Examples from this study show that there are nonclimatic issues that complicate the identification of and significantly change the trends in snow variables. Thus, great care should be taken in interpretation of time series of snow-related variables from the Cooperative Observer Program (COOP) network. Furthermore, full documentation of optional practices should be required of network observers so that future users of these data can properly account for such practices.

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R. S. Lieberman
,
W. A. Robinson
,
S. J. Franke
,
R. A. Vincent
,
J. R. Isler
,
D. C. Fritts
,
A. H. Manson
,
C. E. Meek
,
G. J. Fraser
,
A. Fahrutdinova
,
W. Hocking
,
T. Thayaparan
,
J. MacDougall
,
K. Igarashi
,
T. Nakamura
, and
T. Tsuda

Abstract

High Resolution Doppler Imager (HRDI) measurements of daytime and nighttime winds at 95 km are used to deduce seasonally averaged Eulerian mean meridional winds during six solstice periods. These estimates are compared with seasonally averaged radar meridional winds and with results from dynamical and empirical wind models. HRDI mean meridional winds are directed from the summer pole toward the winter pole over much of the globe. Peak equatorward winds of about 15 m s−1 are usually observed in the summer hemisphere near 30°. A local minimum in the equatorward winds is often observed poleward of this latitude, with winds approaching zero or reversing direction. A similar structure is seen in contemporaneous radar winds. This behavior differs from residual meridional wind patterns predicted by models. The discrepancies may be related to gravity wave paramaterizations or a consequence of planetary wave influences.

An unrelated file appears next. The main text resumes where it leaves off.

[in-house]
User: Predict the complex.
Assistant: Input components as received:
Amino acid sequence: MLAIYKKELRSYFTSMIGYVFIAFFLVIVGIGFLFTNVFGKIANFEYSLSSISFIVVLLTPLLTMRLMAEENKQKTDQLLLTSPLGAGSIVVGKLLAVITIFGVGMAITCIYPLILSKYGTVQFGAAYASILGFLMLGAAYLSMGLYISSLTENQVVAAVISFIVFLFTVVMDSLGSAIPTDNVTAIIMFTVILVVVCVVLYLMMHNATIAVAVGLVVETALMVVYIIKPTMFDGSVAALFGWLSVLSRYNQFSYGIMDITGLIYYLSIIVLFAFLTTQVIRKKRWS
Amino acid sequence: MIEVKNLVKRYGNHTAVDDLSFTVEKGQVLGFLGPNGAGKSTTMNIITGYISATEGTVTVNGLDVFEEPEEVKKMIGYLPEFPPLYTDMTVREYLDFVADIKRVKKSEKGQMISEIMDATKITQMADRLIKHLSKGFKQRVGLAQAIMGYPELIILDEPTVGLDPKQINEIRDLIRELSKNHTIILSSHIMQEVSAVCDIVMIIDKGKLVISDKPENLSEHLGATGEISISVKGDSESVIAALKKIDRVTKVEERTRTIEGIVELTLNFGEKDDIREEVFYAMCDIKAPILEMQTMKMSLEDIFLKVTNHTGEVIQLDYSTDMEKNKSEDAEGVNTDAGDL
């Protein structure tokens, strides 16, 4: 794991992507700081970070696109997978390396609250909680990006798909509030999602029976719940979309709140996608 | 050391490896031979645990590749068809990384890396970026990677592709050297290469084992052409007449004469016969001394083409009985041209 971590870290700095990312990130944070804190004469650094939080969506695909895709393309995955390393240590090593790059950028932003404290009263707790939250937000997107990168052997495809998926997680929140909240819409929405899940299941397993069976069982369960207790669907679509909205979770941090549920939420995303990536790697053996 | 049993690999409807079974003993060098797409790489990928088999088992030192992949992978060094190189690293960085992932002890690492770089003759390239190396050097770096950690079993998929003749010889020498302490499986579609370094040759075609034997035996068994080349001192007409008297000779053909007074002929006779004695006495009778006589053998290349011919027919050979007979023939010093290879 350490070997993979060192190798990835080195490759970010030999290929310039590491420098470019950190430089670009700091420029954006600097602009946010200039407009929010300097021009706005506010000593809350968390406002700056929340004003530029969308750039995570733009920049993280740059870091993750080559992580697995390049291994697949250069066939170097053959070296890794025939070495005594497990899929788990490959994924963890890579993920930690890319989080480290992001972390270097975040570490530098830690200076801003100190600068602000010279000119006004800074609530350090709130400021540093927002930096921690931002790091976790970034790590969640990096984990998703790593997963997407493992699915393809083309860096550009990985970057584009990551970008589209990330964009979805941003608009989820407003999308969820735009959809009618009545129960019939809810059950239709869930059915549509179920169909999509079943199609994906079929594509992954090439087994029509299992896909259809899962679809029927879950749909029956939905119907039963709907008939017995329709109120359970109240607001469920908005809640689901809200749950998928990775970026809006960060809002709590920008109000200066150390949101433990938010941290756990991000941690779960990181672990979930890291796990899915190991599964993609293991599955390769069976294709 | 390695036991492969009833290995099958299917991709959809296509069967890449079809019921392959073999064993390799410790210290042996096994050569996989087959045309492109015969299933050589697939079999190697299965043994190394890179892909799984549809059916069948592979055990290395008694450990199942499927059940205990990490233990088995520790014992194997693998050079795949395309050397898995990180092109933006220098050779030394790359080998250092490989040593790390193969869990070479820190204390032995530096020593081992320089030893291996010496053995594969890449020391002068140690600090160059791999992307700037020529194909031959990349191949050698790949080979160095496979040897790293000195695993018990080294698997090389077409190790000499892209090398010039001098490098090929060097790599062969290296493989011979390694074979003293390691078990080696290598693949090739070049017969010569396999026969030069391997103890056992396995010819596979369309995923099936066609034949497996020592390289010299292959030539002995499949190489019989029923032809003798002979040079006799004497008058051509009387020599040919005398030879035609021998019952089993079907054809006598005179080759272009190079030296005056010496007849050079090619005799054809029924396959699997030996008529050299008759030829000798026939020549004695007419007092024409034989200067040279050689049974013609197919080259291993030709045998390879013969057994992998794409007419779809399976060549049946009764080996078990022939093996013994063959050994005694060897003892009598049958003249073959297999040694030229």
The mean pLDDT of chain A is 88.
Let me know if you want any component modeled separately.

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Robert J. Trapp
,
Karen A. Kosiba
,
James N. Marquis
,
Matthew R. Kumjian
,
Stephen W. Nesbitt
,
Joshua Wurman
,
Paola Salio
,
Maxwell A. Grover
,
Paul Robinson
, and
Deanna A. Hence

Abstract